In today’s non-stop society, there is an increasing need for people to be awake and at work at all hours of the day. Extended work hours and night and shift work compete with the biological need to sleep and with daily rhythms driven by the biological clock.
According to a recent study by a group of researchers from Washington State University Spokane even small amounts of chronic sleep loss lead to increased sleepiness on the job, during the commute, and at home—jeopardizing productivity, safety, and well-being.
The time of the day at which an employee starts work affects both the duration and quality of sleep. As a result of this the researchers found employees demonstrated varying levels of concentration and alertness depending on the time they start work.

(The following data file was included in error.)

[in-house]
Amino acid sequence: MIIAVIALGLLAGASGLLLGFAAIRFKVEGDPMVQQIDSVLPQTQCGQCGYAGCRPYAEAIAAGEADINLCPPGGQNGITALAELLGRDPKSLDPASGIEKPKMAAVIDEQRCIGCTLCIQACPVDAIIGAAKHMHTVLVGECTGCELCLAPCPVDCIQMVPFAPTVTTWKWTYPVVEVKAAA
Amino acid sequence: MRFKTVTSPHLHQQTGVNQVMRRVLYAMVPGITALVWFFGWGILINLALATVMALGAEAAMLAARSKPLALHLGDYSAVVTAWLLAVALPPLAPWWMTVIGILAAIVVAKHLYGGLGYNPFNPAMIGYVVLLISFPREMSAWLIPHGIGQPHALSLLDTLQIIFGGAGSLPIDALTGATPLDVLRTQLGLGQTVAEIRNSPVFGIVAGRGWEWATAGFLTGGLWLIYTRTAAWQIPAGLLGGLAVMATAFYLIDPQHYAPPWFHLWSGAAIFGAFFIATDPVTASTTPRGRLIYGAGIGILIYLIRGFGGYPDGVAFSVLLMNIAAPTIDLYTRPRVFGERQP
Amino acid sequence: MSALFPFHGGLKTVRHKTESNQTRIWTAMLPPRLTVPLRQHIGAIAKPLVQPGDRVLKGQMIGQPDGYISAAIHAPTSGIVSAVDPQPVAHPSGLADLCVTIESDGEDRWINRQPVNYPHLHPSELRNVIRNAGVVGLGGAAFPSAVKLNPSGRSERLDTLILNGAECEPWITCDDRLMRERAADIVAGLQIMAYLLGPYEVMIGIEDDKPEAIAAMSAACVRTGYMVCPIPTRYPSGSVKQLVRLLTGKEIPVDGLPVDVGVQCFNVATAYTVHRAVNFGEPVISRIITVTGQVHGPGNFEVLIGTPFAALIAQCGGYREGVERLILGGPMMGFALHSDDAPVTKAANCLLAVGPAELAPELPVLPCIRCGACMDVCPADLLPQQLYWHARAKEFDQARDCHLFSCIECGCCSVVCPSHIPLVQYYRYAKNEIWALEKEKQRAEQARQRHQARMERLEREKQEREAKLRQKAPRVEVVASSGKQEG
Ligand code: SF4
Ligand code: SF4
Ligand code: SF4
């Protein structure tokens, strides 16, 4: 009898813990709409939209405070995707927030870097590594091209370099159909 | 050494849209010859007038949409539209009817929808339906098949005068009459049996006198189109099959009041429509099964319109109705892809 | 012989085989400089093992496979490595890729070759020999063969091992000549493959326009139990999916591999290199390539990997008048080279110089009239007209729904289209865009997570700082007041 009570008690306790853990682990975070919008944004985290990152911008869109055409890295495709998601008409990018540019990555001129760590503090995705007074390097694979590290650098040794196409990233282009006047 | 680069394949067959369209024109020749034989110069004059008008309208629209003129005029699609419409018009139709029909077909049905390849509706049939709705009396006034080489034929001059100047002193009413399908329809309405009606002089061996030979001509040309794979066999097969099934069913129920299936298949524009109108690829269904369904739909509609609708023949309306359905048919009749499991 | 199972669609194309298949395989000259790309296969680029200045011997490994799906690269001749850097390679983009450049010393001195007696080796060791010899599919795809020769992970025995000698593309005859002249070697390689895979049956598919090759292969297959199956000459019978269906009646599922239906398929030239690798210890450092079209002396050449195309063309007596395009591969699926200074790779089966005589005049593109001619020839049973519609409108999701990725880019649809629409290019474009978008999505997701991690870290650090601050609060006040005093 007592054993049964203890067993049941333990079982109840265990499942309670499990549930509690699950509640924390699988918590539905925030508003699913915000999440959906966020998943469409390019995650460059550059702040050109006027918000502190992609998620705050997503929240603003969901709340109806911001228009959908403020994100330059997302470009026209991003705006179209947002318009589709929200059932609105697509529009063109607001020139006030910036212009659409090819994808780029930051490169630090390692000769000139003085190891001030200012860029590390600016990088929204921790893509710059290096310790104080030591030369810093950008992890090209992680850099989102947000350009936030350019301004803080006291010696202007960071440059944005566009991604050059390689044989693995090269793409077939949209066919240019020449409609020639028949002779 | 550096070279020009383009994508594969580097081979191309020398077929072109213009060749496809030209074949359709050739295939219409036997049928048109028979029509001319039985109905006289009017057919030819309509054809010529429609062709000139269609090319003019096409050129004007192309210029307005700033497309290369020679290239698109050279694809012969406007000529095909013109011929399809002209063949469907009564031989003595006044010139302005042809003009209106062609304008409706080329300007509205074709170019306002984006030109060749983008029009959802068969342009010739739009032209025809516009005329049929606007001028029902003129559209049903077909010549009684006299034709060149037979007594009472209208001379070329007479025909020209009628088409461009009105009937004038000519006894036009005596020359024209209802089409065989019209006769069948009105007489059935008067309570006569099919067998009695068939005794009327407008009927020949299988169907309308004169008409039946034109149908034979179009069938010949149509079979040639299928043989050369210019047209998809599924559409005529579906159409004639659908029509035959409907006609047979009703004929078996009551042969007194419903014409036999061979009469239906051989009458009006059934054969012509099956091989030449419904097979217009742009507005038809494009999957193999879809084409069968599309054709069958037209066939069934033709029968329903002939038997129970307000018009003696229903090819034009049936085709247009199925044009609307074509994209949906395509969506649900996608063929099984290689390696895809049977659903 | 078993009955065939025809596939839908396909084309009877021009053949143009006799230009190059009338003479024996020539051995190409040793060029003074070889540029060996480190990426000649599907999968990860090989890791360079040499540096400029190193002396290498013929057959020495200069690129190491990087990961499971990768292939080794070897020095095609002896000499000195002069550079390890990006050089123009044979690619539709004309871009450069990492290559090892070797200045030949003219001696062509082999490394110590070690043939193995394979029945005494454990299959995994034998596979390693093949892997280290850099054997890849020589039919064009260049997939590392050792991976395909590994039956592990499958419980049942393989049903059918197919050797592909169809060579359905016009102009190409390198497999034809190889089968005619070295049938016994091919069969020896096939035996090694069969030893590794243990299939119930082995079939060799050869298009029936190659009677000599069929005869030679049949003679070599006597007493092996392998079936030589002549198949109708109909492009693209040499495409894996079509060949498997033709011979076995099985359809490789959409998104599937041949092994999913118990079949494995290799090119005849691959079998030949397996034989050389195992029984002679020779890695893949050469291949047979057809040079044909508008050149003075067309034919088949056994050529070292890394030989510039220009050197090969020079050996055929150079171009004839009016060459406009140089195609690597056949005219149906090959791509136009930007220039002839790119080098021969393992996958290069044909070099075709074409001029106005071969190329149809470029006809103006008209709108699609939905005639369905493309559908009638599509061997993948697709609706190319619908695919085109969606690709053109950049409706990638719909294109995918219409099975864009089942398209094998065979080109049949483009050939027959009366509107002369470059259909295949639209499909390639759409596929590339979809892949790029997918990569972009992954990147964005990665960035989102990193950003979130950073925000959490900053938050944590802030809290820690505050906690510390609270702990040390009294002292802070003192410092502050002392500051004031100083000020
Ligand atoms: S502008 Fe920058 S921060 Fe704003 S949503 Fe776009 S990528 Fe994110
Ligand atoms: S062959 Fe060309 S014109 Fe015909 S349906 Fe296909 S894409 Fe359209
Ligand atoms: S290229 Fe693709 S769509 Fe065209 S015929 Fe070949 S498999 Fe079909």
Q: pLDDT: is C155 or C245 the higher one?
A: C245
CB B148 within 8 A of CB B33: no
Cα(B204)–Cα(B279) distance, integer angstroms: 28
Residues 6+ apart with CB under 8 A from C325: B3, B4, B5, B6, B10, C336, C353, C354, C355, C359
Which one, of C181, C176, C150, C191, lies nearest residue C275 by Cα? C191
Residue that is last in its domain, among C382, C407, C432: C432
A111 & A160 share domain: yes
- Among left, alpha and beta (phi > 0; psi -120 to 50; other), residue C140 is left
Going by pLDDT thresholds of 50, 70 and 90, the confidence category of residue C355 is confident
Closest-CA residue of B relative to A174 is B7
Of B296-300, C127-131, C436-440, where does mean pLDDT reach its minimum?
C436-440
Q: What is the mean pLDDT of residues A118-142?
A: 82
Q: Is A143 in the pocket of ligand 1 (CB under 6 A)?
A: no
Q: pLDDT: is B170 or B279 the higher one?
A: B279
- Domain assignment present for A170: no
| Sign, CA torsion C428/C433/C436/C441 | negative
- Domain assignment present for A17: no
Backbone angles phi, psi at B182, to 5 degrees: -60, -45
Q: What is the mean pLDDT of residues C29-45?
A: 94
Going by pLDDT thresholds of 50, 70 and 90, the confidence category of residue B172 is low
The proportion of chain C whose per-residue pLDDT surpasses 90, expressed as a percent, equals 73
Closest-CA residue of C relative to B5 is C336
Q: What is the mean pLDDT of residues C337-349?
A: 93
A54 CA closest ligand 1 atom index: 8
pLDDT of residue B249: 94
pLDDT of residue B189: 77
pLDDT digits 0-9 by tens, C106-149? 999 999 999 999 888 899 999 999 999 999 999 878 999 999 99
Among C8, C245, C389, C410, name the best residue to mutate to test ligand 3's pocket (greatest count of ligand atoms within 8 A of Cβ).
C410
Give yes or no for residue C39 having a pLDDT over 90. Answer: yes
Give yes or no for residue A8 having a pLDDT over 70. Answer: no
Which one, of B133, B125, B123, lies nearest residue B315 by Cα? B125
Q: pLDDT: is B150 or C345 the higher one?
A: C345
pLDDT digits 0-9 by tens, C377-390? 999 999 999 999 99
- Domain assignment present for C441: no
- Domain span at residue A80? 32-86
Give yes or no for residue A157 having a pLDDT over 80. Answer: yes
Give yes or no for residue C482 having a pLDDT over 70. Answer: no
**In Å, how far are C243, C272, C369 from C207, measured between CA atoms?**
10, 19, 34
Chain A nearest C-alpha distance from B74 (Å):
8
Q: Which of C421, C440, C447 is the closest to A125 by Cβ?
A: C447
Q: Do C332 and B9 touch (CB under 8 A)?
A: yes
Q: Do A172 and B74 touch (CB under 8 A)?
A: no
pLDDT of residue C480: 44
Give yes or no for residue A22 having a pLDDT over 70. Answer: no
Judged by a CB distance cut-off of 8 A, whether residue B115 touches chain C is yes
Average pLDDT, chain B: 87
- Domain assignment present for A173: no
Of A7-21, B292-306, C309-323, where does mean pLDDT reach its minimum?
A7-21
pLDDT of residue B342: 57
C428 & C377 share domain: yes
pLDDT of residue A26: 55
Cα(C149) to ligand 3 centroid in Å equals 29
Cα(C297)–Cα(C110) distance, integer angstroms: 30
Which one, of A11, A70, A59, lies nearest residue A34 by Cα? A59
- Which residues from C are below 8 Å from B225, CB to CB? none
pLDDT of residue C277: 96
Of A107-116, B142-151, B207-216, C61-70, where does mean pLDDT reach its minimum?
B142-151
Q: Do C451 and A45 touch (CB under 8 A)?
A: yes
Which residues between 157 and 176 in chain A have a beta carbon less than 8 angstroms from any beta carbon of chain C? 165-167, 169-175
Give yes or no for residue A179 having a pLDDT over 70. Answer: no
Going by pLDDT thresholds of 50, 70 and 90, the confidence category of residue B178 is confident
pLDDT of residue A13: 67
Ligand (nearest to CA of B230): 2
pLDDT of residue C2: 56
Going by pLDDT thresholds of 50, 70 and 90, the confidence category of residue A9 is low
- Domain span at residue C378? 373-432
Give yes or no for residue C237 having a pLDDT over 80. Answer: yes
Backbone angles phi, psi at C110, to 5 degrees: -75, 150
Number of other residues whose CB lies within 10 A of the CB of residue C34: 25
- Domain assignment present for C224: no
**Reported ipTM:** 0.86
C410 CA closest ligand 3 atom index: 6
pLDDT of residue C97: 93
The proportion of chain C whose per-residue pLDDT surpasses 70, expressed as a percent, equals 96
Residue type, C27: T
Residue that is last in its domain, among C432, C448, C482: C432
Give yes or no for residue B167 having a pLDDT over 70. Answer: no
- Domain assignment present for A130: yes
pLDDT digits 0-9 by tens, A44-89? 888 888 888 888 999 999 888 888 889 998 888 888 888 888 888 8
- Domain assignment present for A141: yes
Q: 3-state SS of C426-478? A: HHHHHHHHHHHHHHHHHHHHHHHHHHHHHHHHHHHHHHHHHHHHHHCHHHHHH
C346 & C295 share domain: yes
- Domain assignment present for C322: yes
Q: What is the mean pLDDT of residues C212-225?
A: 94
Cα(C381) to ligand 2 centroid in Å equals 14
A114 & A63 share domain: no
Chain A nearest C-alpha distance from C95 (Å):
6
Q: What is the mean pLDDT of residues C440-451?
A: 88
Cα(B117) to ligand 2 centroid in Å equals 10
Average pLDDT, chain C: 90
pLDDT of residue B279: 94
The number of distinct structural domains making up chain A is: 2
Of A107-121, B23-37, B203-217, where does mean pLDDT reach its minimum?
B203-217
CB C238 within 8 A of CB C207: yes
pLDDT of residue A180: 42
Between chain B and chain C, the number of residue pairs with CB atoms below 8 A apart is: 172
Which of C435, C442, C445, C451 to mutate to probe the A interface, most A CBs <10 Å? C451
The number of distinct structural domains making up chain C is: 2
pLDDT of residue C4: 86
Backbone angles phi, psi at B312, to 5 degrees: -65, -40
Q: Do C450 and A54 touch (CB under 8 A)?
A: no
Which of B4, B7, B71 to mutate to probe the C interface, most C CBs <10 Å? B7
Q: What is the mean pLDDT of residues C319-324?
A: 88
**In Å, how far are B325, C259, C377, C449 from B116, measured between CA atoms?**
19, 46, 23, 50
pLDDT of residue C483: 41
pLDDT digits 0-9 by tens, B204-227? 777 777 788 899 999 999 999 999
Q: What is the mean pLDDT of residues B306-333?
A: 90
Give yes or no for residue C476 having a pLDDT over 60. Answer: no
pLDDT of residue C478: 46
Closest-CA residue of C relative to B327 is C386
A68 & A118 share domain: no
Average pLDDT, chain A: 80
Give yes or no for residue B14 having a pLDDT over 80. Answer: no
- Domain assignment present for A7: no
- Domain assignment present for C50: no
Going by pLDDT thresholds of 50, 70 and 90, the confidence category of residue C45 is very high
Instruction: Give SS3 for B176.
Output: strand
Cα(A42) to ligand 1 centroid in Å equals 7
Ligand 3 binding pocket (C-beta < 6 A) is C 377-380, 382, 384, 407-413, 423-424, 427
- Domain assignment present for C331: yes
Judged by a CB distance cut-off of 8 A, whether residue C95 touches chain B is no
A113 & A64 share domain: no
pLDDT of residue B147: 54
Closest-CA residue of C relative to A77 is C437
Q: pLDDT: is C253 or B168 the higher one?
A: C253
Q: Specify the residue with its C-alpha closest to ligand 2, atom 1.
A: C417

Employees who start their shift between 20:00 and midnight get the least amount of sleep, in contrast to those starting work between 09:00 and 14:00 who enjoyed the longest duration of sleep.
Angela Bowen who headed up the study said ‘ Our most interesting find was that shifts starting between 20:00 and midnight yielded consistently poorer predicted performance and less than adequate predicted total sleep per 24 hour period.”
She added: “Shifts of equal duration differ in how fatiguing they are depending on the time of day when they are scheduled. The same limitation on the number of duty hours may be either overly restrictive if during the day or too liberal if during the night.”